How to get accurate basis weight measurements when the QCS is offline

Previously, when the QCS was unavailable, the sheet weight on the paper machine was unmeasurable. Now Virtual Measurement techniques solve this dilemma.

Today’s producers of quality grades must meet stringent customer demands for uniform paper, both in the machine-direction (MD) and cross-direction (CD). That’s why accurate measurement and control of basis weight are crucial in meeting end-customer quality specifications.

But operators are left in the dark when a Quality Control System (QCS) goes offline for a sheet break or start-up event. And that means operators can’t ensure paper meets specifications until the scanner is back on the sheet without additional inputs. 


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What are Virtual Measurements?

Virtual Measurements, also known as soft sensors, are data models generated by machine learning technologies that use key process variable data points to produce inferred calculations of paper properties. By adding an online Virtual Measurement component to traditional monitoring and testing methods, papermakers can get valid data-based estimates of pulp and paper properties – which for various reasons may not always be directly measurable in real-time or with a physical sensor.

Weight Virtual Measurement gives faster start-ups and reduced rejects

Weight Virtual Measurement allows inferred calculations to estimate weight measurements when the physical measuring equipment on the QCS is either off-line or not scanning.

This information is especially valuable for the machine crew during a sheet break, since it helps them get the sheet weight back on target faster and therefore minimizes both:

  • Total minutes of downtime
  • Total tons of off-spec paper produced.

In the sheet break example below (Figure 1) we compare and visualize what occurs when the QCS is off-line and how the virtual measurement (the red line) steps in to indicate what the estimated sheet weight is, in the absence of the QCS weight scanner. Operators can adjust inputs such as adjusting the machine speed to keep the weight on-target even before the QCS comes back online. 

Figure 1

Estimated Weight Virtual Measurement displayed

Figure 2

The main screen (Figure 2) below gives mill personnel real-time data for the weight measurement over a configurable time range. The estimated Weight Virtual Measurement value, in this case 43.56, is shown at the top left, and is updated as frequently as every 5 seconds. This weight Virtual Measurement value is based on various upstream process inputs from stock prep, the approach flow system, and the wet end. The key process inputs used here are:

  • Stock flow rate
  • Consistency of the stock
  • Machine wire speed

From these values a very accurate inferred Weight Virtual Measurement can be obtained.

Figure 2 also shows trendlines for both the Weight Virtual Measurement and the QCS weight measurement on the left side. The green line is the scanner measurement, while the blue line represents the virtual measurement, and the red vertical shaded area indicates the sheet break duration.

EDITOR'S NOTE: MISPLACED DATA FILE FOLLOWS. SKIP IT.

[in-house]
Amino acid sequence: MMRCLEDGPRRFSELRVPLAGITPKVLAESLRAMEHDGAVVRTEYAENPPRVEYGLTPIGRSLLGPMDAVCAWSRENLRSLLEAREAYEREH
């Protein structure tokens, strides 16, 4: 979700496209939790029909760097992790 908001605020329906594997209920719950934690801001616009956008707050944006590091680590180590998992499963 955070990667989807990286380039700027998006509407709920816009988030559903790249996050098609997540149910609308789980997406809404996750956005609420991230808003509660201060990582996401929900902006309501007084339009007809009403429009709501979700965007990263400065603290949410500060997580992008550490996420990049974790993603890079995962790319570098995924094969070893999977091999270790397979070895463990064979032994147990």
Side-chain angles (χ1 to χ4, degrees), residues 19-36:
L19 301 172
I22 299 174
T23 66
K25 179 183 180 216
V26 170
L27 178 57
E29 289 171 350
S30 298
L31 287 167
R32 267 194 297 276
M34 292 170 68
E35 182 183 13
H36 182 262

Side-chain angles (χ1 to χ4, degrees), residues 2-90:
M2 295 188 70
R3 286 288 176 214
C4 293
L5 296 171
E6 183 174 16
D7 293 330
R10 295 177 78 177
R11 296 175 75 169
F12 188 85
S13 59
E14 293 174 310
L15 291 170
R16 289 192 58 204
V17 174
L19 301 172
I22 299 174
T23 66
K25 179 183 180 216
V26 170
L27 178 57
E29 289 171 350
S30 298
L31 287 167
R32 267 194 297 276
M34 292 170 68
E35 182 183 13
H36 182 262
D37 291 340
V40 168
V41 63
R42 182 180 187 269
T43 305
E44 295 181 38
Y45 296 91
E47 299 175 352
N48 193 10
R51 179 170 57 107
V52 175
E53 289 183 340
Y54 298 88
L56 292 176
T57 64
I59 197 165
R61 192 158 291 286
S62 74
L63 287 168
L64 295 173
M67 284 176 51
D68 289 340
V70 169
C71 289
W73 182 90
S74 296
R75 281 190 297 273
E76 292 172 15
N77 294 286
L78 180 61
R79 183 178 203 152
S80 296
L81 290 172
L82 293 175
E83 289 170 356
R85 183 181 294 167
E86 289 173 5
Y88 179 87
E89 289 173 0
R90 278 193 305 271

Continuous self-correlation for best accuracy

The status of the Virtual Measurement is shown in the block immediately above the trendlines. During normal operation, this box will remain gray and read ‘Normal’. This indicates that the virtual measurement is receiving valid inputs to calculate the inferred weight, and also that a valid scanner measurement of weight is available. 

During this normal operation, while the scanner is on-sheet and measuring, the virtual measurement continuously correlates itself to the scanner measurements – to improve accuracy during the critical times when the scanner is unavailable.

If there is a lack of data for the online calculation, or the input signals are invalid, an error message such as “out of range” appears.

When the machine starts up, so do the input signals, and the virtual measurement can pull data to calculate the inferred weight. The status changes to “estimating”, turning a bright blue to draw attention.

This would be an indication that the QCS scanner is offline. It’s also when the Weight Virtual Measurement is most valuable, becoming the stand-in for the now missing physical measurement of weight.

Did you know?

It is still considered downtime when the machine is running but the sheet is not threaded to the reel. If the paper stays on target, the sheet is easier to rethread, reducing downtime.

Operators can stabilize weight before scanner is back in action

By leveraging Weight Virtual Measurements before the scanner is back online, the PM operators can take step-change actions, such as manipulating the stock flow, to reach the target weight. This sharply cuts the time needed to get back on spec, reducing the impact and cost of a sheet break.

Weight Virtual Measurement can help you get faster start-ups, lower rejects and improved profitability.

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